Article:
Cameron – I have a number of short stories, a novella, and a novel in the works. I usually have different stories to work on at any given time. The novel I’m working on features a homicidal madman in a small village surrounded by quagmires. It’s a combination of psychological suspense and mystery. It studies the idea of social manipulation.


Stacey – Any up and coming releases we should know about?

Cameron – I’m working on an anthology called Shelter from the Storm which will be released through my publishing house, Black Beacon Books, later this year. The best way to keep track of my news is by joining me on Facebook.


Stacey – Do you have an excerpt you’d like to share?

Cameron – What I’d really like to share with you is an excerpt from my second short story collection. It’s called The Animal Inside and is currently listed on KindleScout. If it gets enough nominations, I can sign a publishing contract with Kindle. If it’s accepted, you all get a free ebook copy. Thanks in advance.


Thank you so much for your time Cameron! If you would like to find out more about Cameron and his writing endeavours, check out the links below.



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The Horror Tree Presents… An Interview with Kevin Grover

Stacey – Tell us a little about yourself and where you’re from?

Kevin –  I’m originally from a small island off the south-east coast of England called Sheppey. It’s full of history and has many places to go explore when you’re a kid. It’s a place I’ve based my third novel on, Coulrophobia, mainly because the setting is so interesting. There’s a lot of influence in my other novels from that island, particularly in Monsters Mostly Come out at Night. There’s a place called the Wastelands in the novel that is based on a place I used to play. I moved from the island around 2000, but still visit. I now live in Medway which is also, in Kent. In my full-time job, I’m a police officer in the Met and have been for over 14 years.

Stacey – When did you start writing?

Kevin – From around the age of eight. I remember trying to write my own adventure games in Basic on computers and it was creating the story and writing the descriptions that really interested me. I then started writing a few stories based on computer games, then I first realised I might be good at writing when my English teacher read something I’d written out to the class because she was so impressed. I think that got me really thinking about writing and from there I started writing my own stories.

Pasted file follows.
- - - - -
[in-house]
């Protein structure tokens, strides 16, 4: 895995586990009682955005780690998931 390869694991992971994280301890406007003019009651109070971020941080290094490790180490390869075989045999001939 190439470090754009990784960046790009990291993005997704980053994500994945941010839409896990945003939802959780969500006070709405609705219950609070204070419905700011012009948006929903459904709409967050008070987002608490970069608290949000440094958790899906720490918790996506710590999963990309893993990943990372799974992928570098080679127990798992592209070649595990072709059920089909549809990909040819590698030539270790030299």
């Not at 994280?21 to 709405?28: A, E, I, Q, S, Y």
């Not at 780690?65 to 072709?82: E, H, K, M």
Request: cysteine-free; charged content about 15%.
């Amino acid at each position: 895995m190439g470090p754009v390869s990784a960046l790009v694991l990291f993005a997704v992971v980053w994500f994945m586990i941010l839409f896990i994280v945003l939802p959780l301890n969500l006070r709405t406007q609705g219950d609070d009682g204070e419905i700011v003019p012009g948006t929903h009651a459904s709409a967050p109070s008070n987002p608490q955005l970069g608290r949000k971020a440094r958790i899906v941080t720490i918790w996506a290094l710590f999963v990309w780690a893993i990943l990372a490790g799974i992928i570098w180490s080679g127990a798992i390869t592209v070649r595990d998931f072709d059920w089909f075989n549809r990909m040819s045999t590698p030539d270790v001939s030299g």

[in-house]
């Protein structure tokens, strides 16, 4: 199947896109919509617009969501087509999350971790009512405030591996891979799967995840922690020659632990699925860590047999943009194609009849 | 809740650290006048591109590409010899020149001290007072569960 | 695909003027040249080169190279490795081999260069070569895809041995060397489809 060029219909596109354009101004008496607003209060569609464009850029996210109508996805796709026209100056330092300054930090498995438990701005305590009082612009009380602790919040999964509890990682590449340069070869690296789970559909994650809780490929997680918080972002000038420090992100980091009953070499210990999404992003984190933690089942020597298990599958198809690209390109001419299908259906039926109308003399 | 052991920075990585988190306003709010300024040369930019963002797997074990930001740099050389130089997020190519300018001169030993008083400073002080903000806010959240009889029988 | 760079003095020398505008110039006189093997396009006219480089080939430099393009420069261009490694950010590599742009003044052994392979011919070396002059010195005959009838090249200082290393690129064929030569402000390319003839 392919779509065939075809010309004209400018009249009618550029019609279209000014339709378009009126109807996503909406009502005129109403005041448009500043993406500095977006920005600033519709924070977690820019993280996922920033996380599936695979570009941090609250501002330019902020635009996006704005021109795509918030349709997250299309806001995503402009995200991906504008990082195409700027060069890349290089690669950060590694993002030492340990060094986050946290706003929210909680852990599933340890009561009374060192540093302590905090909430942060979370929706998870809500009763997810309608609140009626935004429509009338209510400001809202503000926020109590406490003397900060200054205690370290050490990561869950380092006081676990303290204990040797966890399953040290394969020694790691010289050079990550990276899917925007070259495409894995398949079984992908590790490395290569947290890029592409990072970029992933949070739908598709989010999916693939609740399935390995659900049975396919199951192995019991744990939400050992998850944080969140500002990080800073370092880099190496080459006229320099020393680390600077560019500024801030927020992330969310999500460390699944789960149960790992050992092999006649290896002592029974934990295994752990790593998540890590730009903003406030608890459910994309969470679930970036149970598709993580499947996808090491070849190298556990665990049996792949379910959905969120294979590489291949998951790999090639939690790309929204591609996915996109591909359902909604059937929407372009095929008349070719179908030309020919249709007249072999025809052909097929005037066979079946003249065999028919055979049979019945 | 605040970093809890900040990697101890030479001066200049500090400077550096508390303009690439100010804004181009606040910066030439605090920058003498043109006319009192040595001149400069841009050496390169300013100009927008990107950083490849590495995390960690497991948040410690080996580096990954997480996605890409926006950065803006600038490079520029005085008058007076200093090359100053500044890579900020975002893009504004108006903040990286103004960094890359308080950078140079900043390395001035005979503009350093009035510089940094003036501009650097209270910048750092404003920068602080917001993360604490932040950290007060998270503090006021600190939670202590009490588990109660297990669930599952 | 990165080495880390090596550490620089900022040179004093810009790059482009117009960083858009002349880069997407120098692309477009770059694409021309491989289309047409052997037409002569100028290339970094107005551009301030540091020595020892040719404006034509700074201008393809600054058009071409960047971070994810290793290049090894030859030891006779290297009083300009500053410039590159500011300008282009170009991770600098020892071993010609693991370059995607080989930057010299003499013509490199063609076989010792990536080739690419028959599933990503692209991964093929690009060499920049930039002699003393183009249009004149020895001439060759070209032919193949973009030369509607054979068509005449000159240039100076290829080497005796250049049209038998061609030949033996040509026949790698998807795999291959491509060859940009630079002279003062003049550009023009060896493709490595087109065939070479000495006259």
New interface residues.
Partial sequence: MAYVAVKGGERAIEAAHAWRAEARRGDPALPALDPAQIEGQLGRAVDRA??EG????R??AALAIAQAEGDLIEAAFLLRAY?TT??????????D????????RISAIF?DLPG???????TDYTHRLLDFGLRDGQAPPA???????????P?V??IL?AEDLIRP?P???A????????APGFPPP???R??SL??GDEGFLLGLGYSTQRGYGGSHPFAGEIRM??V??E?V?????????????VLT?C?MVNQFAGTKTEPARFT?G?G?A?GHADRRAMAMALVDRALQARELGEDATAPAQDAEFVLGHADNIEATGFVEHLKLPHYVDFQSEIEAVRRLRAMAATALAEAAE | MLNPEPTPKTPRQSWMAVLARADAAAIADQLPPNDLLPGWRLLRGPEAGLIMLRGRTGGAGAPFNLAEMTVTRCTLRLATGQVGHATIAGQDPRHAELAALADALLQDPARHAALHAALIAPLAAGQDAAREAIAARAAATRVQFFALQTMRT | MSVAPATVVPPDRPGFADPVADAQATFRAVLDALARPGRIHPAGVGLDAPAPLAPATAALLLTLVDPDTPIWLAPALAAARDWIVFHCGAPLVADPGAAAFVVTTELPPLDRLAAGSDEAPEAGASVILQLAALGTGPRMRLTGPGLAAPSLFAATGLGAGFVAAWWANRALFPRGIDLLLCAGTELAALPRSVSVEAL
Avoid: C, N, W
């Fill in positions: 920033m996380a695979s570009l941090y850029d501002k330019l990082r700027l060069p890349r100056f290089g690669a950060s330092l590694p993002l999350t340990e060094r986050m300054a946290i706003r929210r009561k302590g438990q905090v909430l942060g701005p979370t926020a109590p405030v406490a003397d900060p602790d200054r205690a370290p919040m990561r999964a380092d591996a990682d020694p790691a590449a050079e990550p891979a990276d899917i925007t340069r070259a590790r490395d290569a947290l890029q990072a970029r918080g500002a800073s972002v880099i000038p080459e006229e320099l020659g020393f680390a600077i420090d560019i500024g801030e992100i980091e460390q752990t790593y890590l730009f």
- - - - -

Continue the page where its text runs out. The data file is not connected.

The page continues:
Stacey – If you could meet any author living or dead, who would it be?

Kevin – I would love to meet Stephen King; his book On Writing is a fantastic guide to novel writing. I highly recommend it. I would also love to meet James Herbert, though he’s sadly dead now. He wrote some really great horror novels in the 80’s, his most famous being the Rats. I’d ask them both everything I could about how they write, where they get their ideas and what keeps them going. I often have this fantasy of meeting Tolkien and sitting down to watch the Lord of the Rings with him and ask what he thinks. When he wrote his epic, I don’t think he’d ever imagined it possible they could film it.

Stacey – Where do you get your inspiration?

Kevin – Sometimes I have a dream that translates well into a story. But most of the time an idea will pop into my head and I get this massive creative surge. If I’m out of ideas, then I’ll go take the dog for a walk. I find a lot of my stories features woods, probably because I like to walk in them with the dog.

Stacey – What’s your writing process like? Do you write during the day or at night?

Kevin – I write a lot at night, into the early hours. There’s less distractions then. But as I’m a shift worker, I often write at work in down time, sometimes even on the train commuting to work.

Stacey – Do you need music or complete silence to write?

Kevin – I like to listen to music when I write, but I can write without it. I’ve learnt how to switch off from background chatter and the TV on in the background, so I tend to be flexible. If I listen to music, it’s generally soundtrack music so it sets a certain mood.

Stacey – Have you always written horror?

Kevin – I used to write a lot of Science Fiction, then I went through a Fantasy stage, but I’ve been drawn to Horror for a few years now. I’m beginning to move more towards thrillers, but I find Horror seeps into that genre easily.

Stacey – Do you have a favourite character from your own works?

Kevin – I really like Jessica from my novel Father’s Song, which is the first novel I wrote. I love how she’s struggling with her addictions and ghosts from her past. It makes her very vulnerable, but strong as she fights against them. She doesn’t easily trust people, tries to act like she’s tough, but deep down she’s really scared. It makes her interesting.

Stacey – Are you afraid of clowns? Most people I speak to are, to some degree.

Kevin – I’m not scared of clowns, but I certainly think there’s something creepy about them. I always think the painted smiles are trying to hide something. I think most things meant for children are creepy: clowns, Punch and Judy, nursery rhymes…. All subjects I’ve written about!

Stacey – Have you seen the latest movie version of IT by Stephen King? What did you think of it?